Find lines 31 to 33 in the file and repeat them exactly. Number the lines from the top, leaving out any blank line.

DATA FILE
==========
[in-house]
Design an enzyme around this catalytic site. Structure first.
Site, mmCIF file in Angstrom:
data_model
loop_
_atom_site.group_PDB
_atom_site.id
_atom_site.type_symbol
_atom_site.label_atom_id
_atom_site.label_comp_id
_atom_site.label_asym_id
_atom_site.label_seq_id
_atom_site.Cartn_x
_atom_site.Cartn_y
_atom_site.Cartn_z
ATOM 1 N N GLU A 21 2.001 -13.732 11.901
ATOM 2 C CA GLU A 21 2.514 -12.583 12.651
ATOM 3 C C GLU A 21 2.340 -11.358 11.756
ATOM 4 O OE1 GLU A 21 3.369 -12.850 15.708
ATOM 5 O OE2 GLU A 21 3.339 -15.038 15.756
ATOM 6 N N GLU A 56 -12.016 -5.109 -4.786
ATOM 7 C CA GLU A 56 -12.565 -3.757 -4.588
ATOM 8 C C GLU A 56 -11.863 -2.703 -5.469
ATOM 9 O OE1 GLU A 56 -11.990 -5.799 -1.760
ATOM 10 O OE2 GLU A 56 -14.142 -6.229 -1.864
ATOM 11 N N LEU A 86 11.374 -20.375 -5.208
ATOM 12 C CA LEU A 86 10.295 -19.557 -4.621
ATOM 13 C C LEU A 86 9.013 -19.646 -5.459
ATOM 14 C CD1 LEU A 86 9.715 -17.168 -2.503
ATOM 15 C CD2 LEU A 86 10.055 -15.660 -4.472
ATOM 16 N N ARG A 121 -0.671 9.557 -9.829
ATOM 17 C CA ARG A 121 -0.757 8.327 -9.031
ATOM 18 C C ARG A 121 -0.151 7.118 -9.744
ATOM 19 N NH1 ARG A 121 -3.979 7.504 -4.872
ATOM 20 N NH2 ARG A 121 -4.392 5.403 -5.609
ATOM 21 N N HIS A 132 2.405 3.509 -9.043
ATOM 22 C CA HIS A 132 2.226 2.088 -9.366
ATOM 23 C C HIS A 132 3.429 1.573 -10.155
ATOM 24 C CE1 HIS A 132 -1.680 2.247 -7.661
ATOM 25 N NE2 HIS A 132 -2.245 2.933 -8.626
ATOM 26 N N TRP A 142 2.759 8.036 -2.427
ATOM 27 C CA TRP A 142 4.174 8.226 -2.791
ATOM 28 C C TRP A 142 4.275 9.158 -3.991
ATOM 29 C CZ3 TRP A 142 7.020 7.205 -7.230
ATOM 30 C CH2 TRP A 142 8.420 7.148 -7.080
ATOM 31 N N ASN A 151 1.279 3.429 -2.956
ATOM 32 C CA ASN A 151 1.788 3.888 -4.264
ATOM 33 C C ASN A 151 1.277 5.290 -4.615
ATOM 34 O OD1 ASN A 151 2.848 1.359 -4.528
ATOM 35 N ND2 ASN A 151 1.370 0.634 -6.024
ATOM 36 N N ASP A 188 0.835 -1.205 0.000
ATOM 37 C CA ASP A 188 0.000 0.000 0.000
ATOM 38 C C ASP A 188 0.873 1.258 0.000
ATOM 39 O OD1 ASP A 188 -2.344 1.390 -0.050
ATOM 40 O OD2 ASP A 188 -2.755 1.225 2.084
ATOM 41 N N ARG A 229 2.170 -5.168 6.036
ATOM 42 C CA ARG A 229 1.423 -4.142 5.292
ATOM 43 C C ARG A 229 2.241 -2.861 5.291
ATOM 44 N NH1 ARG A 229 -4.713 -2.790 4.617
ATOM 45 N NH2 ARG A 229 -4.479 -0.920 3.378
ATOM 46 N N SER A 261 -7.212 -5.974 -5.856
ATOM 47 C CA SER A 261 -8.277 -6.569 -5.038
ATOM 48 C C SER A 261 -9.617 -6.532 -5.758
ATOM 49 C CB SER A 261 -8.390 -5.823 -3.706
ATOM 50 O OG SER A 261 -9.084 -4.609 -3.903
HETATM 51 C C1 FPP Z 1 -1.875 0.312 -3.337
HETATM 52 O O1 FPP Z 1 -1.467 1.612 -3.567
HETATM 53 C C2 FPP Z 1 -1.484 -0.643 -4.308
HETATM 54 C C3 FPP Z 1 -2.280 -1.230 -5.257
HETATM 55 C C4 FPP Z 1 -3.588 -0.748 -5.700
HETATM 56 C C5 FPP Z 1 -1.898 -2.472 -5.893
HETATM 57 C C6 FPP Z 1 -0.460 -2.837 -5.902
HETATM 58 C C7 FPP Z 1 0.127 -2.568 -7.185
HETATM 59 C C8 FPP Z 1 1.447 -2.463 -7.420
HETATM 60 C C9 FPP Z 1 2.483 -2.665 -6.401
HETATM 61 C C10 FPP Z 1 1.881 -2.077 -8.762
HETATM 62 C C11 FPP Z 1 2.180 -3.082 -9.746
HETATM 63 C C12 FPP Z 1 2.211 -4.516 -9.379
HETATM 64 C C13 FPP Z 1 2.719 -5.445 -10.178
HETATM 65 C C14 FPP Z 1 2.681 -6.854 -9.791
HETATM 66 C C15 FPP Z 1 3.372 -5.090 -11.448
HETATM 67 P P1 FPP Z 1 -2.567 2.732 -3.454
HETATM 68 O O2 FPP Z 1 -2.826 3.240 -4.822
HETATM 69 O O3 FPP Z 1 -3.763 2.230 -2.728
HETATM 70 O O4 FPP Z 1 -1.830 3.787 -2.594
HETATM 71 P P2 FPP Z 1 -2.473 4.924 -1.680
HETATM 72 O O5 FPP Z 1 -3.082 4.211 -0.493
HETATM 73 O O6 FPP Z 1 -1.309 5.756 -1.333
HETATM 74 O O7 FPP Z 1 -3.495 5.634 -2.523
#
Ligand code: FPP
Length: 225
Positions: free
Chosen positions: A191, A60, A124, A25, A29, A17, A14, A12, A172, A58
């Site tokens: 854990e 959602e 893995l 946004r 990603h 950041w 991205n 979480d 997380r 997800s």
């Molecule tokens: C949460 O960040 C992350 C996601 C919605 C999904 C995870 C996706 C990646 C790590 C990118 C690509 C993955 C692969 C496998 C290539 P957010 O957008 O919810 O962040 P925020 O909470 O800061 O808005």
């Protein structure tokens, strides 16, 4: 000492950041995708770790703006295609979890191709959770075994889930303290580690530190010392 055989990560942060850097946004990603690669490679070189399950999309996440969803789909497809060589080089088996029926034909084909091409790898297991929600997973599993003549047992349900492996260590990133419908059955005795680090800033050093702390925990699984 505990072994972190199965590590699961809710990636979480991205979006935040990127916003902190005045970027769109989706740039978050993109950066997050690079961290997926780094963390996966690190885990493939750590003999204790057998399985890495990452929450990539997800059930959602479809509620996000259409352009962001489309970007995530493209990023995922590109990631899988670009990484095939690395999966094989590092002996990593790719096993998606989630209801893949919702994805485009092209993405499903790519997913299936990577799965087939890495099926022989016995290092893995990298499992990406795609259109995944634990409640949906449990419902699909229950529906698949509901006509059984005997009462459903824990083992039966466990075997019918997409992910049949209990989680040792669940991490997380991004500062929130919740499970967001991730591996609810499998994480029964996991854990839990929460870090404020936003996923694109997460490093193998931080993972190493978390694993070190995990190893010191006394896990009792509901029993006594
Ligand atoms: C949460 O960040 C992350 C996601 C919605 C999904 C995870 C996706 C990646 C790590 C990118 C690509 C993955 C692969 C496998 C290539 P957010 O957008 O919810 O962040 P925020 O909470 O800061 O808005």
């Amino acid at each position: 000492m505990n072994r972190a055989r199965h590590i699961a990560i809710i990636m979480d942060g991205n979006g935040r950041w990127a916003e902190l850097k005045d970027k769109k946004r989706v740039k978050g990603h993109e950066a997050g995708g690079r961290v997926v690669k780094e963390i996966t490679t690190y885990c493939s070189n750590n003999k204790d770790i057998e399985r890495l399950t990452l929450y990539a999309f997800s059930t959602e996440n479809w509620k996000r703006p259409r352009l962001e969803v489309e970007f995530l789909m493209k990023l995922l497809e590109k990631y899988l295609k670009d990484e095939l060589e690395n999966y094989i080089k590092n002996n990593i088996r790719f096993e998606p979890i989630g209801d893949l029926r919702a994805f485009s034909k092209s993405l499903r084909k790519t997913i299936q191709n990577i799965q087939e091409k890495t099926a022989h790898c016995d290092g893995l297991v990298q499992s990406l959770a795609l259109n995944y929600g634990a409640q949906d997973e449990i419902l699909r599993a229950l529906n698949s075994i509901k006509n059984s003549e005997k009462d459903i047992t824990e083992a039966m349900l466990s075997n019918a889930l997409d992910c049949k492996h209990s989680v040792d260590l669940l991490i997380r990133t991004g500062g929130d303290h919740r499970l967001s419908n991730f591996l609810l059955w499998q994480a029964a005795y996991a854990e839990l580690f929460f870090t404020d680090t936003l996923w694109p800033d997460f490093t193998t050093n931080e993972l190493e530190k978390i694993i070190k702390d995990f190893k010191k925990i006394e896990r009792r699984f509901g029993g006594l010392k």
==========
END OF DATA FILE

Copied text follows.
ATOM 16 N N ARG A 121 -0.671 9.557 -9.829
ATOM 17 C CA ARG A 121 -0.757 8.327 -9.031
ATOM 18 C C ARG A 121 -0.151 7.118 -9.744